The Idea of Commercial Society in the Scottish Enlightenment
The most arresting aspect of the Scottish Enlightenment is its conception of commercial society as a distinct and distinctive social formation. Christopher Berry explains why Enlightenment thinkers considered commercial society to be wealthier and freer than earlier forms, and charts the contemporary debates and tensions between Enlightenment thinkers that this idea raised. The book analyses the full range of literature on the subject, from key works like Adam Smith's ‘Wealth of Nations’, David Hume's ‘Essays and Treatises on Several Subjects’ and Adam Ferguson's ‘Essay on the History of Civil Society’ to lesser-known works such as Robert Wallace’s ‘Dissertation on Numbers of Mankind’.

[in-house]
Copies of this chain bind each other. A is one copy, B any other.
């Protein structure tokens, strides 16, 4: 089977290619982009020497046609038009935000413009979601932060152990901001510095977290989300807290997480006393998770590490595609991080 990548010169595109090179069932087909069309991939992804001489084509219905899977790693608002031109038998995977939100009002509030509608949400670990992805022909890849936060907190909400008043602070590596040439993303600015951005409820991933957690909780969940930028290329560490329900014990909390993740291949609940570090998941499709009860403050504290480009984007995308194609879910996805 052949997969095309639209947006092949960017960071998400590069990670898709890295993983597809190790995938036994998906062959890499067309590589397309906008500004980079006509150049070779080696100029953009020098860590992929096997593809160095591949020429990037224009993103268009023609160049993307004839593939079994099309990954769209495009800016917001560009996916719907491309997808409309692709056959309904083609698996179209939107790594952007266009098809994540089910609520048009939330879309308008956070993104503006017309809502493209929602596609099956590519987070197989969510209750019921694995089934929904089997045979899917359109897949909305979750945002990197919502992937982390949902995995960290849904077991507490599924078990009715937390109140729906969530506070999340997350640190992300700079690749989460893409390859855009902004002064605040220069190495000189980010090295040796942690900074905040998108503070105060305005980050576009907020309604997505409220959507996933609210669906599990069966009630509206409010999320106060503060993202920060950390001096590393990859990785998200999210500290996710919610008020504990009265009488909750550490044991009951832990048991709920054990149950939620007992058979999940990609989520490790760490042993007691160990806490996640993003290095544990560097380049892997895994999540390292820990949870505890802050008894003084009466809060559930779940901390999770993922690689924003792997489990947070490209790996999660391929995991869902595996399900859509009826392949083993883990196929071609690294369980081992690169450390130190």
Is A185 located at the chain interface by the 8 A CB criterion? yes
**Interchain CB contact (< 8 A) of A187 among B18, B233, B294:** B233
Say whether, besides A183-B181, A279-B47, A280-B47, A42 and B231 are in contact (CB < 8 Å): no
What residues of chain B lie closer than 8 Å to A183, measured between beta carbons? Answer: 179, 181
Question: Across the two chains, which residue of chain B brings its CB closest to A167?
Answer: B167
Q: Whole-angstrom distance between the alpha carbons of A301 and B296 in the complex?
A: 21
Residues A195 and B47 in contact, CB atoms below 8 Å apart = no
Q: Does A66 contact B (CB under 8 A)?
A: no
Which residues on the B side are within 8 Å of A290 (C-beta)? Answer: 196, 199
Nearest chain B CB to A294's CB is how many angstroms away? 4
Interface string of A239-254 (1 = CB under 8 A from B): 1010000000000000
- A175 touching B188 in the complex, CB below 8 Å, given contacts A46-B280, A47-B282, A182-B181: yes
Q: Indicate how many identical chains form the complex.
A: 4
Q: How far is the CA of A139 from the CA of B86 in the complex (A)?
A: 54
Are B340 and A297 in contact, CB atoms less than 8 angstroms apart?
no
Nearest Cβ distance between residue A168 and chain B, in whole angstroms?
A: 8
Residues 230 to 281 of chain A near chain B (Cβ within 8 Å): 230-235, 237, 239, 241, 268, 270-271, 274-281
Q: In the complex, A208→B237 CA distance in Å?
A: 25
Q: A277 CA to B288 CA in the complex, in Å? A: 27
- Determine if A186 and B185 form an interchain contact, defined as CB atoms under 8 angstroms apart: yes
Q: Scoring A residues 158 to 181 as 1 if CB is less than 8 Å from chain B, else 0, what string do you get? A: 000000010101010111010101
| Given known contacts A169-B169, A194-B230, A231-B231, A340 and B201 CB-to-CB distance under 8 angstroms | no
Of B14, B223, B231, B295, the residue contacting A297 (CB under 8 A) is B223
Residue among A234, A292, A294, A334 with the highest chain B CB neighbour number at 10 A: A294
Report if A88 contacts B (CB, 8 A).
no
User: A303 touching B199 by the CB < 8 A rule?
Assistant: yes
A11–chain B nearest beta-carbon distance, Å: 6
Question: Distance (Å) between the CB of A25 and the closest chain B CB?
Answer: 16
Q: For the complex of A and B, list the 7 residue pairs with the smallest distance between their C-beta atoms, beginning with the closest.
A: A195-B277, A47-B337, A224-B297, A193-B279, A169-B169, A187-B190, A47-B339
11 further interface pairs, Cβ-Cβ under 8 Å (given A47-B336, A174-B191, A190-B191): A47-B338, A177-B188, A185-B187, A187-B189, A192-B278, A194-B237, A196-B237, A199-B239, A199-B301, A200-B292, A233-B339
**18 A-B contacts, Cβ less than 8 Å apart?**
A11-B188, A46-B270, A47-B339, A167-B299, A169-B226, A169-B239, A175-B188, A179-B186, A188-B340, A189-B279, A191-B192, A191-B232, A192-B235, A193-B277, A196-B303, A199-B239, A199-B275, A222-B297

Subjects: Philosophy, Political Science
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